As we anticipate trends impacting nonprofits in 2013, “fundraising isn’t expected to significantly increase” rises to the top. This probably isn’t a surprise for most and does in fact align more or less with what we’ve seen from the Blackbaud Index. With a still struggling US economy you can choose to view this trend positively or negatively. Either way, it is probably pretty accurate.

UnderDeveloped, a recent report from CompassPoint, examines fundraising trends from a different direction, from within nonprofit organizations. How are development staffs set up for success? Who is doing the heavy lifting? What are the expectations?

A few stand-out points from that report are as follows

  • Less than half of nonprofit executive directors have previous fund development experience.
  • Executive directors at organizations where the development director position was vacant reported a median vacancy length of 6 months, with 46% reporting even longer vacancies.
  • Half of development directors anticipate leaving their current jobs in two years or less.

Knowing that fundraising is expect to carry on as-is this year and that across the nonprofit sector, experience and turnover are challenges, nonprofits need to prepare. Your nonprofit likely should consider the following:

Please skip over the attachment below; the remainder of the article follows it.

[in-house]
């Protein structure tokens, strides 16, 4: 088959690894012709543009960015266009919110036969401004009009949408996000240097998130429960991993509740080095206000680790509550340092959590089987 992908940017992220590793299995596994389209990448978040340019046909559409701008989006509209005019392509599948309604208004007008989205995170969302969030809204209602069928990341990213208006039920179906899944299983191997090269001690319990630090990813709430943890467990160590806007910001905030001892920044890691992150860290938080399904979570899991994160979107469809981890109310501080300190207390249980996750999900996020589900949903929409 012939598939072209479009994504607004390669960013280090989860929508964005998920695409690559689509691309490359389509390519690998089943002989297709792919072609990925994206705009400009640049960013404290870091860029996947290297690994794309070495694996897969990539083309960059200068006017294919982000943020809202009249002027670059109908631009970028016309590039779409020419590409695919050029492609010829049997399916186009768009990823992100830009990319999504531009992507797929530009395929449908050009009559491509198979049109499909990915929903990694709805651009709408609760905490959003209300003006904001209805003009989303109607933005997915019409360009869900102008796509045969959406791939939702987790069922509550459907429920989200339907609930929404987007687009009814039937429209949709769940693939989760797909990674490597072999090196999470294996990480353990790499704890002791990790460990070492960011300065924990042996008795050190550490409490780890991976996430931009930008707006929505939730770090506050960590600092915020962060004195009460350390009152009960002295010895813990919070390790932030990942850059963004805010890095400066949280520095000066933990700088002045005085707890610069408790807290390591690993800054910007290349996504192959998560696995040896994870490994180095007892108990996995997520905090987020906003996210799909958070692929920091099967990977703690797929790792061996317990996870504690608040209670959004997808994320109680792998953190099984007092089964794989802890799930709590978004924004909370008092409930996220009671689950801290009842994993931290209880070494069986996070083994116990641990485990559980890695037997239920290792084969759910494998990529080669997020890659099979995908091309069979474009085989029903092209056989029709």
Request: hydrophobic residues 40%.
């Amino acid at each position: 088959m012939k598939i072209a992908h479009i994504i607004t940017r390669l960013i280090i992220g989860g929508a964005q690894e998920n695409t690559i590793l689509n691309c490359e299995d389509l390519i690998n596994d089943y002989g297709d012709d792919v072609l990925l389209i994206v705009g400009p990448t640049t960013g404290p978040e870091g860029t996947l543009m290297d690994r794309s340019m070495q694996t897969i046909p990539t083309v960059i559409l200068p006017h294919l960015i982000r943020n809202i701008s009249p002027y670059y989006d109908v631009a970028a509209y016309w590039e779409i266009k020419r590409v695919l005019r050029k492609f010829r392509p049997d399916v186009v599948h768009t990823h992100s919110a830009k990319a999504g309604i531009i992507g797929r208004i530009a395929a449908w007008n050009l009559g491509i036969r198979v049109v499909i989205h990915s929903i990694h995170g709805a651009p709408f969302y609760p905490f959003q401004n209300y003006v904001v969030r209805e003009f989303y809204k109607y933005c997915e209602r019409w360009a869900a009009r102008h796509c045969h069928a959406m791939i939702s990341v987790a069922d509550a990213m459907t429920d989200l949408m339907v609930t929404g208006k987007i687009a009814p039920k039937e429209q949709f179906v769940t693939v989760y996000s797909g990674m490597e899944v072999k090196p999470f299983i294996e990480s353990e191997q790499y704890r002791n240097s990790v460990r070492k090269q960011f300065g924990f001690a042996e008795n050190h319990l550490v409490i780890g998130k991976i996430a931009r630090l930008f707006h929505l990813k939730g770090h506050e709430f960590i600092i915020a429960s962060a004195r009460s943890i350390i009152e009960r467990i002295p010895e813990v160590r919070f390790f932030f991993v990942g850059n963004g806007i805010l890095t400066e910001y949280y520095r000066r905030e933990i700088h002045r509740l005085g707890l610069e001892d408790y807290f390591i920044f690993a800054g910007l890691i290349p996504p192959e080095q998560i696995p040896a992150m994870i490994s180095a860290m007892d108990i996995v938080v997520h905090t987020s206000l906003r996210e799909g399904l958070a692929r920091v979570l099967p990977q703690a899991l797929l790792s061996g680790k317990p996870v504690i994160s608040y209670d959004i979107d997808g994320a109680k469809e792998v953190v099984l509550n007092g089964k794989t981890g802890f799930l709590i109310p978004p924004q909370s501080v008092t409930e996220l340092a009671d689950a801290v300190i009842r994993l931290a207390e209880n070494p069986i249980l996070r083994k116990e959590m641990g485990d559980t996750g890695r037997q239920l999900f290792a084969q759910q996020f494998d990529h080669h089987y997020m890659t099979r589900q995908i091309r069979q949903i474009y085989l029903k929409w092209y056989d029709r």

• Continuing fundraising education for EDs – Despite his reputation for being an excellent orator, Bill Clinton is famous for rehearsing his speeches ad nauseam. Point being, even if your nonprofit’s leader is a rock star fundraiser, practicing and perfecting skills is never a bad idea. And it’s an even better idea if they are among the large percentage of EDs without previous fund development experience.
  • Documentation – A good idea for any and every department at your nonprofit, but especially important in areas notorious for high turnover like fund development. Be sure not only to document interactions with individual donors but standard operating procedures for the daily grind of fundraising.
  • Develop mid-level fundraisers – Your mid-level fundraisers will likely have to step up in the event that your development director is in the 50% who leaves in the next two years. Prepare them with solid training and growth opportunities so they are up to the task (and who knows, maybe one will become your next development director!).
  • Retain existing donors – With charitable giving not expected to grow, it is even more important to “dance with the one who brung you” so to speak. Ensure that you have solid strategies for retaining your donors and when possible converting one-time donors to sustaining donors. Also, look for opportunities, like volunteering, to help donors develop deeper connections to your nonprofit’s mission so eventual staff turnover has a smaller impact.

What preparatory actions would you add to this list?

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